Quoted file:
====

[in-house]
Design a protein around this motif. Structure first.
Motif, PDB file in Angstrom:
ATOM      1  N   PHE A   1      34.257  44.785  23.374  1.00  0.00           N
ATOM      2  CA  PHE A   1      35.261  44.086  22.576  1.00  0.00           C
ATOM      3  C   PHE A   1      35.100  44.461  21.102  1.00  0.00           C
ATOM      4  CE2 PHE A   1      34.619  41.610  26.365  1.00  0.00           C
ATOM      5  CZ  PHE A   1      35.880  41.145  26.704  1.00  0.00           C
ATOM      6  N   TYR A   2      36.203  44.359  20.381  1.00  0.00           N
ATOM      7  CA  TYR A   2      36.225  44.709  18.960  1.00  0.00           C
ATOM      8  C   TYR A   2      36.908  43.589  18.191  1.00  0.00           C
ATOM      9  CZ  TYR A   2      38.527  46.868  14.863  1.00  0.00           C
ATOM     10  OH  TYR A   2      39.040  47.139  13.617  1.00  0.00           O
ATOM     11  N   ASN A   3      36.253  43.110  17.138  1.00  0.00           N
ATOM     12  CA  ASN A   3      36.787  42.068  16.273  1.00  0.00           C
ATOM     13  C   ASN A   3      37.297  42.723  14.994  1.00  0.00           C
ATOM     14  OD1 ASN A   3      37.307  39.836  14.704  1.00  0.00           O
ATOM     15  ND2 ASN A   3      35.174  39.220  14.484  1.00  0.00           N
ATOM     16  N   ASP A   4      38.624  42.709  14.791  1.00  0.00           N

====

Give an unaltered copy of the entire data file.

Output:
[in-house]
Design a protein around this motif. Structure first.
Motif, PDB file in Angstrom:
ATOM      1  N   PHE A   1      34.257  44.785  23.374  1.00  0.00           N
ATOM      2  CA  PHE A   1      35.261  44.086  22.576  1.00  0.00           C
ATOM      3  C   PHE A   1      35.100  44.461  21.102  1.00  0.00           C
ATOM      4  CE2 PHE A   1      34.619  41.610  26.365  1.00  0.00           C
ATOM      5  CZ  PHE A   1      35.880  41.145  26.704  1.00  0.00           C
ATOM      6  N   TYR A   2      36.203  44.359  20.381  1.00  0.00           N
ATOM      7  CA  TYR A   2      36.225  44.709  18.960  1.00  0.00           C
ATOM      8  C   TYR A   2      36.908  43.589  18.191  1.00  0.00           C
ATOM      9  CZ  TYR A   2      38.527  46.868  14.863  1.00  0.00           C
ATOM     10  OH  TYR A   2      39.040  47.139  13.617  1.00  0.00           O
ATOM     11  N   ASN A   3      36.253  43.110  17.138  1.00  0.00           N
ATOM     12  CA  ASN A   3      36.787  42.068  16.273  1.00  0.00           C
ATOM     13  C   ASN A   3      37.297  42.723  14.994  1.00  0.00           C
ATOM     14  OD1 ASN A   3      37.307  39.836  14.704  1.00  0.00           O
ATOM     15  ND2 ASN A   3      35.174  39.220  14.484  1.00  0.00           N
ATOM     16  N   ASP A   4      38.624  42.709  14.791  1.00  0.00           N